This site is a bittersweet find. Sweet to have it exist but I am bitter than I found it months after the reunion. I would have loved to attend. Below is my line to Martha.
I only found out about the connection a few years ago, when I started doing genealogy for my newborn daughter. My mother (Suzanne) mentioned something she heard from her father or grandmother about a connection to the Salem Witch Trials. An article from my aunt and an afternoon on Ancestry and I had the connection. I can’t wait until my daughters (there are two strong-willed girls following me around now) are old enough to understand. Kathleen’s book and another I just found in a post are on their way.
I look forward to connecting with some of you and (hopefully) attending the next reunion.
My maiden name is Sheila Carrier. I live in Rochester, New York, and have just finished reading Kathleen Kent’s novels about Martha and Thomas Carrier. They have renewed my desire to learn about my heritage. My niece has gone as far back as the Civil War and discovered my great-great grandfather Carrier was a Union army officer. After the war he went to Panama and worked on the canal where he died of yellow fever. I know he was from Lockport, New York, and there are several Carriers buried in a cemetery there. We visited that cemetery but do not know if any Carriers still live in Lockport.
My grandfather was John Dudley Carrier. He was born in the late 1800′s. His son, my father, was John Littlefield Carrier. He was born around 1912 I have two brothers; John Charles Carrier (deceased) and Robert William Carrier. We all are from the Rochester, New York, area.
Do you know if any of Martha and Thomas’s kin migrated to upstate New York? I noticed that there was a reference to the ‘Virginia’ Carriers. Can you tell me anything about them?
I’m not very skilled at researching genealogy but my niece is. She is too busy to devote much time to this. Any info you can pass on would be very much appreciated!
Salem, the witch city, is rebranding itself, in hopes of luring more than the witch tourist.
With a new logo — half hat, half sail — Salem wants to remind people of its maritime history, and attractions that can bring people to town for more than the annual October witchfest, Haunted Happenings.
Salem’s tourism has been hard-hit by the recession and shrinking marketing budgets. Writer Rodrique Ngowi’s AP report can be read here.
My Dad (John Carrier) and I attended the Carrier Family Reunion. We had such an amazing time! As a way to commemorate the trip, I got a new tattoo!
Dear Carrier cousins and family:
Because of a steady number of bogus registrations from “ru” and “po” servers, we will now require any new user to send an email verifying your Carrier connection or interest, along with real name. You can choose any user name, and password, but I will manually add you to the list. You will then be able to post blog items, photos, links etc, and comment on any post. Those already signed up retain their “author” status.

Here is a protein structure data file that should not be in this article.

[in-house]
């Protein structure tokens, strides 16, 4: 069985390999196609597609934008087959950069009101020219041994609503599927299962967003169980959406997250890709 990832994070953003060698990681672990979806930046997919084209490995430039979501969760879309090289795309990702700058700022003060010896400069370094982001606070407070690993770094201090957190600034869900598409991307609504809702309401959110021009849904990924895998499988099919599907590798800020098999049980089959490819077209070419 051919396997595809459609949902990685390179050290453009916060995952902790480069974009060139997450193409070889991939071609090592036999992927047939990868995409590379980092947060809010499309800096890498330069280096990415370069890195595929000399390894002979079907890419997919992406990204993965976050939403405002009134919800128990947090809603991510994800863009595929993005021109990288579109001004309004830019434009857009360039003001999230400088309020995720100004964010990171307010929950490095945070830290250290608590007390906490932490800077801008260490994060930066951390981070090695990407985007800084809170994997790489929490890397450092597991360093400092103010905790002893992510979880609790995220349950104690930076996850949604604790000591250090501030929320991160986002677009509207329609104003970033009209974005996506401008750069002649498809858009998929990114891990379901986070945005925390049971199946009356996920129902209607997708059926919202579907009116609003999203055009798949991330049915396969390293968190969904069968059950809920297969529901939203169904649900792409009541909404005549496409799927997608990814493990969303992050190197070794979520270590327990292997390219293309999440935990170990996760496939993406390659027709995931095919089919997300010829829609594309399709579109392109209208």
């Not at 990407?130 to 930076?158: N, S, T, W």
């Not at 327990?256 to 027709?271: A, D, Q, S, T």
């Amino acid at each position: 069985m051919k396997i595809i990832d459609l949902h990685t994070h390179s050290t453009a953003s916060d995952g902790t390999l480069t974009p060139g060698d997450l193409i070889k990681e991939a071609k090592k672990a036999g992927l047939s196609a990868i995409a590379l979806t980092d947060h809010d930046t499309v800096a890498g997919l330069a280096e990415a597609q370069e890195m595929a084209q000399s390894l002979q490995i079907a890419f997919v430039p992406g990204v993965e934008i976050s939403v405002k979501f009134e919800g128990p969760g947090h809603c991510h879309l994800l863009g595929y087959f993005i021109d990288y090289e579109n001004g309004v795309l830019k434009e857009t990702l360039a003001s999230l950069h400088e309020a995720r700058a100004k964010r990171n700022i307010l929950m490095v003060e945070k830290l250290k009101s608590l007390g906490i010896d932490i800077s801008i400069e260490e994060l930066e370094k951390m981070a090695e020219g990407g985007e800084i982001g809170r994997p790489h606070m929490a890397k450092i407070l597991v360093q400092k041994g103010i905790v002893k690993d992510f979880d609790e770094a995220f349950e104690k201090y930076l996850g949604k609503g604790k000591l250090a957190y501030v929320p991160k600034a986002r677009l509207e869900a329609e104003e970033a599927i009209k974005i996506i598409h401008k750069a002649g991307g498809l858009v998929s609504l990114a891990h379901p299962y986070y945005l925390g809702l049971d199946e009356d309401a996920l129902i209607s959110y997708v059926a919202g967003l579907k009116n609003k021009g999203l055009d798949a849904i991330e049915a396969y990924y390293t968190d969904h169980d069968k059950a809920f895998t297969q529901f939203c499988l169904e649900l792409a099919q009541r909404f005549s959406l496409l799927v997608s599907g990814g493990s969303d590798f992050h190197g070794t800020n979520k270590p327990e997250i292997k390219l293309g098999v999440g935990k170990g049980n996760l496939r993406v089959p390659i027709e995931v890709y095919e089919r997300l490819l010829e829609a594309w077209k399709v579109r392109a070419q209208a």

Your email, name and any personal profile information you add will be kept private.
New registrations: send an email to info (at) marthacarrier.org.
Jim Carrier, administrator
I’ve put some reunion pictures at
A new, nonfiction book from a Salem descendant.
According to Amazon, Diane Foulds breaks participants into groups such as: The Accusers, the Victims, the Clergy…the Elite.
Click here for more from Amazon.
Little Brown, the publisher of Kathleen Kent’s two novels on the Carrier family, has posted a two-minute video of our reunion in Salem. You can find it by clicking here.
Also, Wolves of Andover is available in an audio book, read Ellen Archer.
Thankyou Kathleen for the wonderful events that took place during the reunion and for your books. It was great to meet so many new cousins. Does anyone have a final count? I heard a couple of times that it was over 300. I stayed five days beyond the reunion and discovered (for myself anyway) some interesting things. At the Witchcraft Dungeon Museum there is a board set in the wall from the original building where the condemned were kept. Women who touch it have good luck, men who touch it don’t. We were told that river rats tunneled in and that when the river rose, water was ankle deep in the room. In the lobby of the Phillips Library there are two paintings, one is labeled “Examination of a Witch”, painted in 1853 by Tomkins Matteson. Not sure if both are by the same individual, the theme is the same. In the Visitors Center there are two displays, one showing a map and cards listing those who were executed and where they were from. The other display talked of the “Salem Award for Human Rights and Social Justice”, it came about because the the witchcraft trials. There is information about it on-line. I hope others got to see these things too, it added so much to my store of information.
This entire trip has been most extraordinary, i will never forget it.